Tag Archives: holmes

William Sherlock Scott Holmes? (QUESTION)

Hey 3.5 readers.

BQB here with a question for my 3.5.

I’m writing a Sherlock Holmes book, but with my sense of humor. Briefly, Holmes and Watson time travel to modern times and their take on everything modern is funny.

There is a scene where Sherlock’s brother Mycroft, who has been posing as a modern day American for quite some time, saves Sherlock by helping fit in with a bunch of unruly yanks, slapping him on the back and calling him “Billy Boy” – from there on when they are in private, Mycroft calls Sherlock, William.

I thought this was his full name but after doing more research, apparently Sir Arthur Conan Doyle never called Sherlock this. The best I’ve found is that it comes from a 1962 book from another author about Holmes and apparently it has been passed down throughout fans over the years.

And it has been popularized by the famous BBC show with Benedict Cumberbatch setting Sherlock in modern times.

I guess the question is should I 86 the William Sherlock Scott Holmes and just leave him as Sherlock? In my version, he introduces himself as Sherlock Holmes. Watson always calls him Holmes. Mycroft is a double agent, sometimes posing as an American and thus refers to his brother as “Billy Boy” but when they are alone and Mycroft becomes British again he calls him William.

Writers have free reign to write about Holmes now given the 2014 copyright ruling. But I’m nervous about the William Sherlock Scott Holmes thing. If it is something passed about by fans over the years, perhaps its fine to use it. If it is more modern and created by new sources then maybe I shouldn’t touch it.

Maybe I can give him my own name like his name is Fred Phillip Sherlock Holmes or something.

It’s hard to explain. It’s just there’s a sibling rivalry in my book where Mycroft and Sherlock are constantly at odds and Mycroft calls him William to piss him off.

Overall, in my research it has been difficult to sort out what was invented by Doyle and is this fair game (Sorry Doyle) and what has been invented by more modern adaptations and thus isnt.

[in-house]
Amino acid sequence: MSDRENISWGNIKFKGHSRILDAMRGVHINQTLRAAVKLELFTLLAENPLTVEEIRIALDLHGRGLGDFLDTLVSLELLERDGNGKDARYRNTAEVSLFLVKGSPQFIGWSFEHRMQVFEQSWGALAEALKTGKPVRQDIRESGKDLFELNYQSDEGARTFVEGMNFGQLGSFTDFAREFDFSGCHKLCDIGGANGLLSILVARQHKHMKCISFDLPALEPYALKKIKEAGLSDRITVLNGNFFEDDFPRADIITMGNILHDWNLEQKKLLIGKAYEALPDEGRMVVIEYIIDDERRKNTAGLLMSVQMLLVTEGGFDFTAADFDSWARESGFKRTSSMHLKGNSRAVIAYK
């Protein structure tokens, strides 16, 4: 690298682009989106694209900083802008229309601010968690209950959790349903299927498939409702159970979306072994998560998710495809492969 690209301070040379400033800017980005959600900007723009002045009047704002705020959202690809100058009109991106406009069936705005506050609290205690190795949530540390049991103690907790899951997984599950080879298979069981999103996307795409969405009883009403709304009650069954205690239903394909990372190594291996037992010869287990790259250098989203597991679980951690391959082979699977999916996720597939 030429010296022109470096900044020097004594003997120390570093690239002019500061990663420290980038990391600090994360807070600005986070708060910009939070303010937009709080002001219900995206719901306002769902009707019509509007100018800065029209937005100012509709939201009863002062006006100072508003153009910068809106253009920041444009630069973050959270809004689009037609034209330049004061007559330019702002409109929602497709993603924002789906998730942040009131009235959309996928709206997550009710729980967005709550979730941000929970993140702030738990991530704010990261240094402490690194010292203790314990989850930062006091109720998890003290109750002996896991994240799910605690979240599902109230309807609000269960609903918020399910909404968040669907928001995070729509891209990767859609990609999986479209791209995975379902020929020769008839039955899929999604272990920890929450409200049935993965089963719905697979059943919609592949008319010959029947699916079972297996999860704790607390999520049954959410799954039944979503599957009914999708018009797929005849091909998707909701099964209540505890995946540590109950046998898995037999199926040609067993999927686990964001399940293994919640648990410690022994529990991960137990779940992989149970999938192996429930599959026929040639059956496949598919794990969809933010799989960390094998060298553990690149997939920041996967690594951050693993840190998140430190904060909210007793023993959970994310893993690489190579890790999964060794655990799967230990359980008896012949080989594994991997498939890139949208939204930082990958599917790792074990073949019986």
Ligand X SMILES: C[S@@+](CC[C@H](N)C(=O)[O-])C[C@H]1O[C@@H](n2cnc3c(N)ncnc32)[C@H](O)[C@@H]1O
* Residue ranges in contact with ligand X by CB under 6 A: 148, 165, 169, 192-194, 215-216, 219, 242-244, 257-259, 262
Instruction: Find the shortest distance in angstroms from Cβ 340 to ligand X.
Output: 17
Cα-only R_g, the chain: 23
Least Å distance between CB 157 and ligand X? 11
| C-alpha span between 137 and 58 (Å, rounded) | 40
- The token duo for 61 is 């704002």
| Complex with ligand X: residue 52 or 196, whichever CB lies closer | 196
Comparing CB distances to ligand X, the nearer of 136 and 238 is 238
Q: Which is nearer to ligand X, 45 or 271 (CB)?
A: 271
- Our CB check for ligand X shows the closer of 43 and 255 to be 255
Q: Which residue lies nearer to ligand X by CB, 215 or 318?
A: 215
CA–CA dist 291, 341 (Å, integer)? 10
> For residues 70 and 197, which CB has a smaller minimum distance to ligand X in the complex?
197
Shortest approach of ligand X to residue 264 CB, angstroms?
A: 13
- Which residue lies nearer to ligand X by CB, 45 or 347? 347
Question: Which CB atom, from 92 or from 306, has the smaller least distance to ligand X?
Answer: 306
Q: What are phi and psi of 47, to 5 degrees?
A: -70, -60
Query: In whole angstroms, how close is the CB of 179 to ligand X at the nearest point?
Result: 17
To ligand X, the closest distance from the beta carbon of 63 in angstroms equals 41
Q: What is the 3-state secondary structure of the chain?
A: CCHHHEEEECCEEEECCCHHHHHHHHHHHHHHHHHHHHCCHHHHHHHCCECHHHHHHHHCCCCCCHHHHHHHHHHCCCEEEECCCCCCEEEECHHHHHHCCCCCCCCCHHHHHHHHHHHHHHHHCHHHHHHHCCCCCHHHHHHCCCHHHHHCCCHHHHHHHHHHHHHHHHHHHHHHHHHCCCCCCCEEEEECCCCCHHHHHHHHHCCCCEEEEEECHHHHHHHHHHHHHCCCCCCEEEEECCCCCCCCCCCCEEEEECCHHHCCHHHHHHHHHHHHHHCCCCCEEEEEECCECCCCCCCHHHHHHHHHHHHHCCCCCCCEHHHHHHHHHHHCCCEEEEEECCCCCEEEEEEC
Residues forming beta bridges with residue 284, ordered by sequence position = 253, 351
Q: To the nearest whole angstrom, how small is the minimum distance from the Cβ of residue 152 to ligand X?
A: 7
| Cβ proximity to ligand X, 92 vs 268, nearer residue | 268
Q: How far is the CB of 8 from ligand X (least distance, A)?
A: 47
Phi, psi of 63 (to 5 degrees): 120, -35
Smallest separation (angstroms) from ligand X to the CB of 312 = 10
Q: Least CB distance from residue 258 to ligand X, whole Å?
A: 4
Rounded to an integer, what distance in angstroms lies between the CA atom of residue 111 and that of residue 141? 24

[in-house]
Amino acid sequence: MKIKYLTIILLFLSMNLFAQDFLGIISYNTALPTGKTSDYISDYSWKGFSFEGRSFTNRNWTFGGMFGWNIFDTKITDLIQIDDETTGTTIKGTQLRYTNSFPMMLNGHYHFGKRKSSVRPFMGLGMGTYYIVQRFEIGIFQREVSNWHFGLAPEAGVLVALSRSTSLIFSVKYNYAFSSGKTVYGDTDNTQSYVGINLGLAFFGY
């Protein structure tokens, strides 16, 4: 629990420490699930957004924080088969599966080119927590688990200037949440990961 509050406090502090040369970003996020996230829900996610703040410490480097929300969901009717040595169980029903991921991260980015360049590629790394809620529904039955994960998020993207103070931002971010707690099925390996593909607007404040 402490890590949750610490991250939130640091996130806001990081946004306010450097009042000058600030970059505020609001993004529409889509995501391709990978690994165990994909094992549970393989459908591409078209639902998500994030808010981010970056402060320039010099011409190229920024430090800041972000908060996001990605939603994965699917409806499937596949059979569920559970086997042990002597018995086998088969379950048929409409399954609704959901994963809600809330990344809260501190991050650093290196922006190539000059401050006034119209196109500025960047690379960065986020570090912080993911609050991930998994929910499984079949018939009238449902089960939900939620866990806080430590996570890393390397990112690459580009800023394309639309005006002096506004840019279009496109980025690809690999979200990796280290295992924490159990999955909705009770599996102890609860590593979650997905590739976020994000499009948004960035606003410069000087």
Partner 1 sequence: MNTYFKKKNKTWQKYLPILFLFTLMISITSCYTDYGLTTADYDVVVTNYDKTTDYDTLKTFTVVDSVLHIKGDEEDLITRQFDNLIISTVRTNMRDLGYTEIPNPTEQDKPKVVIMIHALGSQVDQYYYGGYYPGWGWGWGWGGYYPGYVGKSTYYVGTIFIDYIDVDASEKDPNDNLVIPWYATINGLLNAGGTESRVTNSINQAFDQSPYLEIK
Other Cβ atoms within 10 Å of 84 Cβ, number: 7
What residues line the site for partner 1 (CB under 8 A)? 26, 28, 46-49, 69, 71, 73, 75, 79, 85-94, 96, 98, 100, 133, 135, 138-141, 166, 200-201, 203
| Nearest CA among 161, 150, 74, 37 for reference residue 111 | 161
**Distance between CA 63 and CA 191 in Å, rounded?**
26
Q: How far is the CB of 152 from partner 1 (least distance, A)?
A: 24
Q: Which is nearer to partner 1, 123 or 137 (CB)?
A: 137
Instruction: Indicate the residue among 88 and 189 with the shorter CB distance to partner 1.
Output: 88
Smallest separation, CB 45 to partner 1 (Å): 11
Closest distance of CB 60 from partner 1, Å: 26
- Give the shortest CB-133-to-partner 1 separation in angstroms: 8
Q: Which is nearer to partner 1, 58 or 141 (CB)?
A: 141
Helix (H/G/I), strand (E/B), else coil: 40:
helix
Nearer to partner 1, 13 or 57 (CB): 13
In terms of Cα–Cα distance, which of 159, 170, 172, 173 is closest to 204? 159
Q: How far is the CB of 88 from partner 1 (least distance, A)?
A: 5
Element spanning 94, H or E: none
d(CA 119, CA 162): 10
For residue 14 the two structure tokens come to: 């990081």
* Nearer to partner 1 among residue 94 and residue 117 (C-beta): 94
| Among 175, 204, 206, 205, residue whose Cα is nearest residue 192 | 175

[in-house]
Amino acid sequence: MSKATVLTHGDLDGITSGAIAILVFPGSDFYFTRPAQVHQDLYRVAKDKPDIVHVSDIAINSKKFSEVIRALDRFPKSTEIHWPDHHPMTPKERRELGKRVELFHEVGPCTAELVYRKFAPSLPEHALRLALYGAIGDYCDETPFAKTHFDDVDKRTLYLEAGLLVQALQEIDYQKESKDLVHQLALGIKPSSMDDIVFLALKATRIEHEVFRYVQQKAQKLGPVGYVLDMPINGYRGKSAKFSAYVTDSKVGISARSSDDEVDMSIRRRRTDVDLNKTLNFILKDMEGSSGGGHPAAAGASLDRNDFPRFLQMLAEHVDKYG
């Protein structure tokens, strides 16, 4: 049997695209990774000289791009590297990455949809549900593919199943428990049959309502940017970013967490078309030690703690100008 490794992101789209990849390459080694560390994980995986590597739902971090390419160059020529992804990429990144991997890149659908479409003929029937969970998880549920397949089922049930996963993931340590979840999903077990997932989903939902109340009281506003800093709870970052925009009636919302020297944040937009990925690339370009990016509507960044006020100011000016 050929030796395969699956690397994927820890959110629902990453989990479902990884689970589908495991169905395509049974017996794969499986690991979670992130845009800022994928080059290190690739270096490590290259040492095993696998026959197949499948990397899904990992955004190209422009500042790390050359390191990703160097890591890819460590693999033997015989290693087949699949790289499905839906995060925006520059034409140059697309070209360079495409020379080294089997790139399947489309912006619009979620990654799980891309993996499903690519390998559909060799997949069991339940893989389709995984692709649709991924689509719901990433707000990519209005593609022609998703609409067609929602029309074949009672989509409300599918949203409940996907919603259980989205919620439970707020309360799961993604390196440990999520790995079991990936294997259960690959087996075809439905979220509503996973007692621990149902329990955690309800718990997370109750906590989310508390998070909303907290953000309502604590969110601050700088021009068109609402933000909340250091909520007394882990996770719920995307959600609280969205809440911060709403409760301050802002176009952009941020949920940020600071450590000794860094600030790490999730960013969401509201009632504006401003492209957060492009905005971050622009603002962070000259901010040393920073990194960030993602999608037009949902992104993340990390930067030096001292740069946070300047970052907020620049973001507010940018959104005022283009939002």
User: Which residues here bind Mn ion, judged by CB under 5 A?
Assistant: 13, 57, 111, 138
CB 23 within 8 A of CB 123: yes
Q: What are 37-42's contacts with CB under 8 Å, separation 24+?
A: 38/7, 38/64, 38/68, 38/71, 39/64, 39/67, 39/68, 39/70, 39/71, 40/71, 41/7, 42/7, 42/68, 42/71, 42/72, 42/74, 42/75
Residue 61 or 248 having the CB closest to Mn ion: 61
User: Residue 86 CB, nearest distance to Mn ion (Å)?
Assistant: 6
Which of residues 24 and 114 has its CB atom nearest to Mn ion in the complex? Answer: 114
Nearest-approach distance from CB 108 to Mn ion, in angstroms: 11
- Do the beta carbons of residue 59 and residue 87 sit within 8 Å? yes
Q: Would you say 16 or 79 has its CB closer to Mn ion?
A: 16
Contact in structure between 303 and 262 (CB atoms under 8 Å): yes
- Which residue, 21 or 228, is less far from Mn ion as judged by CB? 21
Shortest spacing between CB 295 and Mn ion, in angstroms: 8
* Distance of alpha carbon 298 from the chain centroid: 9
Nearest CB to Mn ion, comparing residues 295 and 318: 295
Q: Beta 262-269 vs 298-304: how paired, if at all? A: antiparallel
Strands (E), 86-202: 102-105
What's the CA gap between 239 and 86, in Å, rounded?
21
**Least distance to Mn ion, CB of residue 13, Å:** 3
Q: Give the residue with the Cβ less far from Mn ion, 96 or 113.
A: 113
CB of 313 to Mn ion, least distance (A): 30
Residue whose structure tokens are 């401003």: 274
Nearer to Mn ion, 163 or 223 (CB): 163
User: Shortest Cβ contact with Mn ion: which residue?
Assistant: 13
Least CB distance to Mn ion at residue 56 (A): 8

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Bookshelf Battle Cast – Ep. 004 – “The Hound of the Baskervilles” by Sir Arthur Conan Doyle – Chapter 1 – “Mr. Sherlock Holmes”

BQB almost missed podcasting this month because he was enjoying a vacation in sunny Orlando, Florida, hobnobbing with Mickey Mouse and eating pineapples under palm trees and such.

But he came back just in time to entertain his 3.5 listeners.

Here, the world renowned poindexter reads the first chapter of Sir Arthur Conan Doyle’s work, “The Hound of the Baskervilles.”

Who would think that a simple stick left in a waiting room would lead to so many deductions?  We learn Holmes’ investigatory process, namely, how he can observe an item and find details and information everywhere, where others would not notice anything.  Simple little clues about the stick tell Holmes so much about its owner.

Watson believes he has received a compliment from Holmes, i.e. that the great investigator has applauded the good doctor’s observations about the stick but rather, as the chapter moves on, we learn that Holmes says that Watson is not a genius, he is not a source of light but rather, a “conductor of light.”

So…that’s a really nice way of telling Holmes that he was wrong but by being so wrong he helped Holmes figure out what was right.

Talk about backhanded compliments.


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BQB and the Meaning of Life – Part 16 – Blandie All Over Again?


Dead on the can.  Back to life in search of the meaning of life.

Read Parts 1-5 here.

BQB talks to his bookshelf characters.

Read Parts 6-13

BQB leaves on a jet plane to Pango Tango in search of the Great Guru.

Read Part 14

BQB learns he has a ridiculous amount in common with his new female acquaintance.  Also, we learn BQB’s real name.  What a bombshell.  The press have been calling nonstop.  Or is it nonstart?  Oh, and Holmes and Watson are stowaways.

Read Part 15

“What the hell are you two doing here?” I asked in a whisper to the pair of sleuths.

I let them out of the bag and they hopped out onto my tray table.

“I wonder if someone will make this character I’ve worked so hard on become a Pootie Tang fan.” – Thought that never crossed poor Sir Arthur Conan Doyle’s mind

“Mr. Battler,”  Holmes said.  “You’re undertaking a dangerous journey, one that Watson and I had a hand in pushing you on.  We could not in good conscience allow you to go alone.”

The stewardess tapped me on the shoulder.  The detectives froze into position.

“Complimentary beverage sir?”

“Yes,”  I said.  “Generic brand cola please.”

She poured me one and then smiled at my stiff gumshoes.

“Cute toys,”  the stewardess said.  “You should really leave them in the box though.  That’s the only way they’ll appreciate in value.”